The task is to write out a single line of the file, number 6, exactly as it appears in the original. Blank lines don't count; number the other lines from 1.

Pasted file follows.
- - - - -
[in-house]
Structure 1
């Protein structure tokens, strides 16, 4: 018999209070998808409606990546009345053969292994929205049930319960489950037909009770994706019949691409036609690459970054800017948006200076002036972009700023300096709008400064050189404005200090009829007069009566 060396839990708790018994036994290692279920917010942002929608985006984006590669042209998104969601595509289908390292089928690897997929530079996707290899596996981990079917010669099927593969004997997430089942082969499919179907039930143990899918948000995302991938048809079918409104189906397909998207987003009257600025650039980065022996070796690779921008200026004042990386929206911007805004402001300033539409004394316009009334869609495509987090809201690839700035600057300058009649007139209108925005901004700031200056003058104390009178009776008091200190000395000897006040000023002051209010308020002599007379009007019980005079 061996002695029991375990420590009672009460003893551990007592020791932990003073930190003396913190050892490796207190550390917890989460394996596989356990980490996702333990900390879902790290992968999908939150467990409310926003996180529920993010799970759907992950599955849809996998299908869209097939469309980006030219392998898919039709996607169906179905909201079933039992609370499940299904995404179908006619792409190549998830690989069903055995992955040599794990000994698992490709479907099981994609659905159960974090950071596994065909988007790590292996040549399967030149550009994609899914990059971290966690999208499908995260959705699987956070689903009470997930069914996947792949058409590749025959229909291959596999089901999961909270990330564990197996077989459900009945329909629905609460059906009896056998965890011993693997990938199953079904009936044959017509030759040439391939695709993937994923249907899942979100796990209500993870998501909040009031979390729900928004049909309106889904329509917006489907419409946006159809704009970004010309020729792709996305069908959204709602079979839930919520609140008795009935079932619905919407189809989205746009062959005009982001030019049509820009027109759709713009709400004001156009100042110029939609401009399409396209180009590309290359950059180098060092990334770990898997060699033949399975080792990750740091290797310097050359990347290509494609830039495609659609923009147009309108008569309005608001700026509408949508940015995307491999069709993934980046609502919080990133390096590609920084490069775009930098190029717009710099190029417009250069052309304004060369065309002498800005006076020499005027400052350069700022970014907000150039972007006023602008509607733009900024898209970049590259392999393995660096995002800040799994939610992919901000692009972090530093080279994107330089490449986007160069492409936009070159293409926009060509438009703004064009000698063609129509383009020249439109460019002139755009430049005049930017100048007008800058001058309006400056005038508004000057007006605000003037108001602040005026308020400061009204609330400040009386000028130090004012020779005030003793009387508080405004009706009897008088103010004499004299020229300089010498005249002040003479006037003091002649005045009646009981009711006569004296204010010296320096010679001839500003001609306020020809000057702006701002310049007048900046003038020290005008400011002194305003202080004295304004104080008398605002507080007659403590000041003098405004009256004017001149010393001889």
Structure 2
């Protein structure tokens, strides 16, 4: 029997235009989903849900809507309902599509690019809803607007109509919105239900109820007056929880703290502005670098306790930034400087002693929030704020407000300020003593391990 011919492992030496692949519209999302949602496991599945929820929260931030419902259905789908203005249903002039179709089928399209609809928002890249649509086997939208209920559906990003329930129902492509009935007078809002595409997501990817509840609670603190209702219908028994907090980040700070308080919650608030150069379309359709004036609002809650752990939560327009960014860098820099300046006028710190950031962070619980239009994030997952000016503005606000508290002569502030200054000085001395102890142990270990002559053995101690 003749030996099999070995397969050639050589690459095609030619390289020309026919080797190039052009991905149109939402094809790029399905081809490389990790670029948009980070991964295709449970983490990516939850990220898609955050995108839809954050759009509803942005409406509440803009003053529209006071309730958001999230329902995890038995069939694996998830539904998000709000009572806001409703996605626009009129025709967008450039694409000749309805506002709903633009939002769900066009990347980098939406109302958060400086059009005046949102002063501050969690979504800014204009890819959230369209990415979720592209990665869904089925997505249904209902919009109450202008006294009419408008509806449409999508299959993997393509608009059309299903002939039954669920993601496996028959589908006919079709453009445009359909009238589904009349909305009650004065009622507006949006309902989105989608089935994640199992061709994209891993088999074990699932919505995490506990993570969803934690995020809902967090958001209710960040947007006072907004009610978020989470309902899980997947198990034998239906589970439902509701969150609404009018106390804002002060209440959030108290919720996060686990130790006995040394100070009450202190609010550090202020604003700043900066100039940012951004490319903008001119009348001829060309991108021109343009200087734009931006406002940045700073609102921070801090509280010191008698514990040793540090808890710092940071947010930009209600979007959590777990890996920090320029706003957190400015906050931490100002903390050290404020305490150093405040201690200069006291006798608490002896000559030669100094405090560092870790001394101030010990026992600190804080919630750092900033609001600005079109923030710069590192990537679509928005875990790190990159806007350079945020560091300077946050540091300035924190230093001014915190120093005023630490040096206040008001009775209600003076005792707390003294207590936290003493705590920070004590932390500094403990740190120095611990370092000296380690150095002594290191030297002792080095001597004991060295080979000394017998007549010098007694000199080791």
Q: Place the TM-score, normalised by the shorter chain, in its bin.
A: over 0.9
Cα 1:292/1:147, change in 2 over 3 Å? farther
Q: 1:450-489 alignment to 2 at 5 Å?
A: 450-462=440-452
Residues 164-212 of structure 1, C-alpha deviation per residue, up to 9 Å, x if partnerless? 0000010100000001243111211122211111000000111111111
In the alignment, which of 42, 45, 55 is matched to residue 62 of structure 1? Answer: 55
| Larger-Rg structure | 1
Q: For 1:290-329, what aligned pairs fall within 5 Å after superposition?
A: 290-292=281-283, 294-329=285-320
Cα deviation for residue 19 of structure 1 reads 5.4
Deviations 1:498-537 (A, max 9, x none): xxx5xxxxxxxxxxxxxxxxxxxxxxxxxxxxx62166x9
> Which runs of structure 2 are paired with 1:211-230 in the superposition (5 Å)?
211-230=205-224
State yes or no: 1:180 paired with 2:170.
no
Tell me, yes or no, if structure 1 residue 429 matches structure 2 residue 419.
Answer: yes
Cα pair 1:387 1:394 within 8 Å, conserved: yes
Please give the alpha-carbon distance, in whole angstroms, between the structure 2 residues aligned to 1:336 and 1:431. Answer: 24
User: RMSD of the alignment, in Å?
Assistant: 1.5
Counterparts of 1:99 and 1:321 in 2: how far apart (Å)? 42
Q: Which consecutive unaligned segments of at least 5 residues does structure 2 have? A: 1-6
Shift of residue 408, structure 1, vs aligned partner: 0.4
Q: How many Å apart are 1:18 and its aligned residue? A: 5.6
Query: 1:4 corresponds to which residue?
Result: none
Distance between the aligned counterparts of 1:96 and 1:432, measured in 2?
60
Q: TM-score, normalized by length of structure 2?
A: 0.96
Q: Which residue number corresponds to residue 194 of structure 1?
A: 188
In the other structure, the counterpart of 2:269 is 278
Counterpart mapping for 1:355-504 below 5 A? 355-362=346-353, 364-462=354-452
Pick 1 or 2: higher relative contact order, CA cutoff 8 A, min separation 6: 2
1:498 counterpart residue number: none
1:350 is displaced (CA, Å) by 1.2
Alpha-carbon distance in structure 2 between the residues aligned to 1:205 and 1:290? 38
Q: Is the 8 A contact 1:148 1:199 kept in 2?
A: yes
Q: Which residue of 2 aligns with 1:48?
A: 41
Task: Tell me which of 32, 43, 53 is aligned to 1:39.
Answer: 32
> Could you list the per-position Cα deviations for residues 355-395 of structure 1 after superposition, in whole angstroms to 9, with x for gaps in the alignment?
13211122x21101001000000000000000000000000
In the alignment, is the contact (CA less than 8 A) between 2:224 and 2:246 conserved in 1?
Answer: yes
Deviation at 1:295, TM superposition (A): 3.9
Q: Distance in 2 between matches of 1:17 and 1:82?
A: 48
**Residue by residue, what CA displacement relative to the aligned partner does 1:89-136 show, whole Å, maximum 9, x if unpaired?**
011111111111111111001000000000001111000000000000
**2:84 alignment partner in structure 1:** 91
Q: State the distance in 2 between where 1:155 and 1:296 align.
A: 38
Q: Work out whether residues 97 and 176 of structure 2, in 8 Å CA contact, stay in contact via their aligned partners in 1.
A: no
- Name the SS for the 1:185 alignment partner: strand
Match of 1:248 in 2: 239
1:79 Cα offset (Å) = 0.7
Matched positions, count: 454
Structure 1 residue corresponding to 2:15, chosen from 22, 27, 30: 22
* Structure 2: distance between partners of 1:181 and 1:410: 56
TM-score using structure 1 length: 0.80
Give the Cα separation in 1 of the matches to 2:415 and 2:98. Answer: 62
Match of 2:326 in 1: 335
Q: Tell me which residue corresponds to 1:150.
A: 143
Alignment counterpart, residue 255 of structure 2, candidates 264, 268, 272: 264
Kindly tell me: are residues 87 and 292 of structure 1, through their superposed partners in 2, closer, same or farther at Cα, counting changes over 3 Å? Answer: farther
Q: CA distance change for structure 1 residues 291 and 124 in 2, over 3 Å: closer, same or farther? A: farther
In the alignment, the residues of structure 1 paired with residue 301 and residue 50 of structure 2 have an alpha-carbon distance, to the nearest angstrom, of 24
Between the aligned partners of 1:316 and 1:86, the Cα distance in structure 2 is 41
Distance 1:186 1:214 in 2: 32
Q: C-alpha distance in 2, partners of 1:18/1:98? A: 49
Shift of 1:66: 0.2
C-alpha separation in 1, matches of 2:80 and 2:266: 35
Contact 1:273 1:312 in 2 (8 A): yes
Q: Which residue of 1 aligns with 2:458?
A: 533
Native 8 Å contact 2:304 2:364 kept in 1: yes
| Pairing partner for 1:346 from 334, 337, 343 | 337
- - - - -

Q: Place the TM-score, normalised by the shorter chain, in its bin.